In my last post, I talked about how you can practically eat the world in Hamburg, as there are so many different cuisines thriving within the city. The same can also be said of the variety of things to do in Hamburg. While I managed to fit quite a lot into the space of two days, I think you’d need to allow at least four days to explore the breadth of Hamburg at a leisurely pace. It took me a little while to adjust to the U-Bahn system and bus network as I’ve never been to Germany before and I have a serious case of directional dyslexia, so it was a good thing I had a Hamburg card to cover the cost of all the wrong trains I ended up getting onto! I don’t think I could’ve coped without the Rome2Rio app, although there is no substitute for friendly, face-to-face interaction and luckily for me, the lovely people of Hamburg were more than willing to point me in the right direction – literally.
Despite getting a little lost a few times, I had a fantastic time and I’d love to go back sometime to continue exploring the city. Here are my favourite things to do in Hamburg:
When I heard there was a chocolate museum in Hamburg, I felt like a child who’d just been told they were off to Disneyland. In fact, this was one of the main reasons I was attracted to Hamburg in the first place.
Owned by German chocolatier, Hachez, CHOCOVERSUM traces the chocolate-making process from cacao beans to chocolate bar, in an interactive 90-minute guided tour with tasting opportunities.
From the beginning, the tour was fun and engaging. What better way to get our attention than by feeding us melted milk chocolate from a 90-litre chocolate fountain?
One of the highlights of the tour was seeing this conche machine, originally developed in Switzerland by Rudolph Lindt (the guy in the white hat on the Lindt adverts) in 1879. Each conch (that’s those big troughs you can see in the picture below) can hold 250 litres of chocolate, and the grinding mechanism serves to evenly distribute the cocoa butter in the chocolate.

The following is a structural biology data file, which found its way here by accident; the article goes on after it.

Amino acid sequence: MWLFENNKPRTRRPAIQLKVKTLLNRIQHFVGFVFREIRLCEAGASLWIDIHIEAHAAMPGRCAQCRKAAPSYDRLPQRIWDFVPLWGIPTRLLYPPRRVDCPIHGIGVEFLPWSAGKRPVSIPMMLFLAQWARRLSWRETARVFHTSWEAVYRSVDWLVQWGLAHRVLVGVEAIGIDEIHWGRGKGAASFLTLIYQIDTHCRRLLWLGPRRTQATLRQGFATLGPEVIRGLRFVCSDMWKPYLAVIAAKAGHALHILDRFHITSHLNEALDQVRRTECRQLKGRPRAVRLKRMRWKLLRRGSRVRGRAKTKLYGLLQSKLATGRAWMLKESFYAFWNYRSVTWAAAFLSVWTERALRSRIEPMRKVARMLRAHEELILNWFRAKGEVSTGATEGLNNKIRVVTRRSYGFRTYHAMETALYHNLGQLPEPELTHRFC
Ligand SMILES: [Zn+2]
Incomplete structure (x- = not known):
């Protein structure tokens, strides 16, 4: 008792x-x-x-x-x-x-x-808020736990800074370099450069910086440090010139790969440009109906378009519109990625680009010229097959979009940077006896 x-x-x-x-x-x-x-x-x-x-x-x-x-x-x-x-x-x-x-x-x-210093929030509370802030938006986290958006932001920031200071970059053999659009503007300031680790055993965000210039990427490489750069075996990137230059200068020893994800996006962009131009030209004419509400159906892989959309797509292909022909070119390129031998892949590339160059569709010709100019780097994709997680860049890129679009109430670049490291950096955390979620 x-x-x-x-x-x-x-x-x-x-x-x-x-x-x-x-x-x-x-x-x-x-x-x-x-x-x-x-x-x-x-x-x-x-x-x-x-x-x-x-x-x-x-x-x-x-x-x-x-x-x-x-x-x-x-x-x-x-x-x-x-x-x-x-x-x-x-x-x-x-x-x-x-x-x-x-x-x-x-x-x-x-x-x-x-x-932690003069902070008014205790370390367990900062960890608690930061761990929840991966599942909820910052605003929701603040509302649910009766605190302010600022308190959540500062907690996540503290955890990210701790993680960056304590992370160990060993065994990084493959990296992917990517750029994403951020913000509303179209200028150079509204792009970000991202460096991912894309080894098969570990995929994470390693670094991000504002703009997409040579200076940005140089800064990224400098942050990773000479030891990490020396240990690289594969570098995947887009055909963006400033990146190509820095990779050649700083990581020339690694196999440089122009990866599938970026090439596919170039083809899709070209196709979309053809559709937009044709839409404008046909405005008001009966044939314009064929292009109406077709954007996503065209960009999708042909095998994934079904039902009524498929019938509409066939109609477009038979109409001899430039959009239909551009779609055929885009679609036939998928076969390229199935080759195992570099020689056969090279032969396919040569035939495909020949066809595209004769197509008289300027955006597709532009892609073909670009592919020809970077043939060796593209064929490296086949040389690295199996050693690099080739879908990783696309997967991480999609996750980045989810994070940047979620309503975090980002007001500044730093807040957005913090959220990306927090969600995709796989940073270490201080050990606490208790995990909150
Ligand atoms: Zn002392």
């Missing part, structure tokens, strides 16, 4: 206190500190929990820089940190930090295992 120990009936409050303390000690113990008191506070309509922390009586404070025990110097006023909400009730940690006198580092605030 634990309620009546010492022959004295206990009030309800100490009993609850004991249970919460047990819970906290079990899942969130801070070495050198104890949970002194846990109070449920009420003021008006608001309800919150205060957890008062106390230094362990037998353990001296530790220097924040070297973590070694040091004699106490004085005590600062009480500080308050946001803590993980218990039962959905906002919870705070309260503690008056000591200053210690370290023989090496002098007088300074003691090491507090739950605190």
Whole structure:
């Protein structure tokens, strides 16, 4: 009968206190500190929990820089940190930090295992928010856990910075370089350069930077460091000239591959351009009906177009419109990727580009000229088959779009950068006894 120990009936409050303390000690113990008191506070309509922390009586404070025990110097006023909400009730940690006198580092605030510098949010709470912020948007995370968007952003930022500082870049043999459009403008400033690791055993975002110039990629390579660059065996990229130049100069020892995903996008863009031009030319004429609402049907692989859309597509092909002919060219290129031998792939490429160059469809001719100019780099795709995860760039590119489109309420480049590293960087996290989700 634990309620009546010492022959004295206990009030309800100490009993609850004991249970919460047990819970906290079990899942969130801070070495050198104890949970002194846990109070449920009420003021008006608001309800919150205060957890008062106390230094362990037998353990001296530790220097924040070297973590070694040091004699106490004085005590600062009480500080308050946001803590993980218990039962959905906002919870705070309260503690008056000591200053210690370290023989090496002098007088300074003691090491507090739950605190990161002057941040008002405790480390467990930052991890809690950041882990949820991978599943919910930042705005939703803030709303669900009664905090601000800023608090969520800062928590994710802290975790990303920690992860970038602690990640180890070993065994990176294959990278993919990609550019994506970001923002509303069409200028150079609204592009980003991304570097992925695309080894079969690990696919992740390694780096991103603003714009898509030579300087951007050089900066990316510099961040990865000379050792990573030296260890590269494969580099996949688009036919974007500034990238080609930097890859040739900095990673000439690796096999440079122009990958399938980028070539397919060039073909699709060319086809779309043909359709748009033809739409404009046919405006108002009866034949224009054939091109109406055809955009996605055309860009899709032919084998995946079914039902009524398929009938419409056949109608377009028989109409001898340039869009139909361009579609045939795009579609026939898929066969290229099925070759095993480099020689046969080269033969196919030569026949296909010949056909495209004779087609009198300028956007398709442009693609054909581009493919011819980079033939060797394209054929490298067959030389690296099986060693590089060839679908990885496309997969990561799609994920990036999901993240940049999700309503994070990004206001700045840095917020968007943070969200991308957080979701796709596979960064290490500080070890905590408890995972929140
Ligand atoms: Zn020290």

We even got to make our own bar of chocolate. I made a milk chocolate bar topped with crumbled amaretto, hazelnut, roasted cocoa. It nearly lasted until I got back home to Cardiff, but then I got hungry on my way home and remembered I had it in my bag…
CHOCOVERSUM is open daily from 10am until 6pm, including public holidays. Entrance costs €15 for adults, €13.50 for concessions and €11 for children aged six to 17 years, while children under two go free. However, you can get a group ticket to cover two children and two adults for just €41. Tours are available in German, Danish and English. Book in advance to avoid disappointment, as this must be one of the most popular things to do in Hamburg.
Meßberg 1, 20095 Hamburg, Germany | +49 40 4191 2300 | https://www.chocoversum.de/en/
You can’t go to Hamburg without visiting the world’s largest model railway exhibition, Miniatur Wunderland.
See the world in miniature in this moving model railway complete with villages, airports, ski slopes, castles, landmark buildings, fun fairs, lakes, swimming pools and even an active volcano.
Miniatur Wunderland is great for kids. On the day of my visit, there were probably more children in there than adults, and they all seemed fascinated by the different displays and moving models. For more ideas on things to do in Hamburg with infants, check out Zena’s Suitcase‘s post about her time in Hamburg with her three-year-old daughter.
Miniatur Wunderland is open 365 days a year from 9.30am until 6pm. On Mondays and from Wednesday to Friday, it opens from 9.30am until 6pm, while it is open until 9pm on Tuesdays, from 8am until 9pm on Saturdays, and from 8.30am until 8pm on Sundays and public holidays. Admission costs €13 for adults and €6.50, with concessions priced at €9 or €5 for the disabled.
Kehrwieder 2-4/Block D, 20457 Hamburg, Speicherstadt, Germany | +49 40 3006800 | http://www.miniatur-wunderland.com/
Rathaus – Hamburg Town Hall
The intricate, neo-renaissance architecture and pale green copper roof of Hamburg’s Rathaus (Town Hall) make it one of the most beautiful buildings in the city. Built at some point between 1886 to 1897, this stunning sandstone building lies at the heart of the city centre in the town square (Rathausmarkt). To this day, the Rathaus is the meeting place of the Hamburg Parliament and Senate, and the Tower Hall accommodates celebrations on special occasions and receptions.
The interior is just as impressive, with elaborately decorated roofs, Sardinian marble staircases, ornate water fountains, and even a restaurant/cafe (shame I’d already had lunch!).
Meanwhile, the courtyard is dominated by an awe-inspiring water fountain dedicated to Greek goddess of health, Hygieia. The gentle trickling sound of the water made me very relaxed and at ease.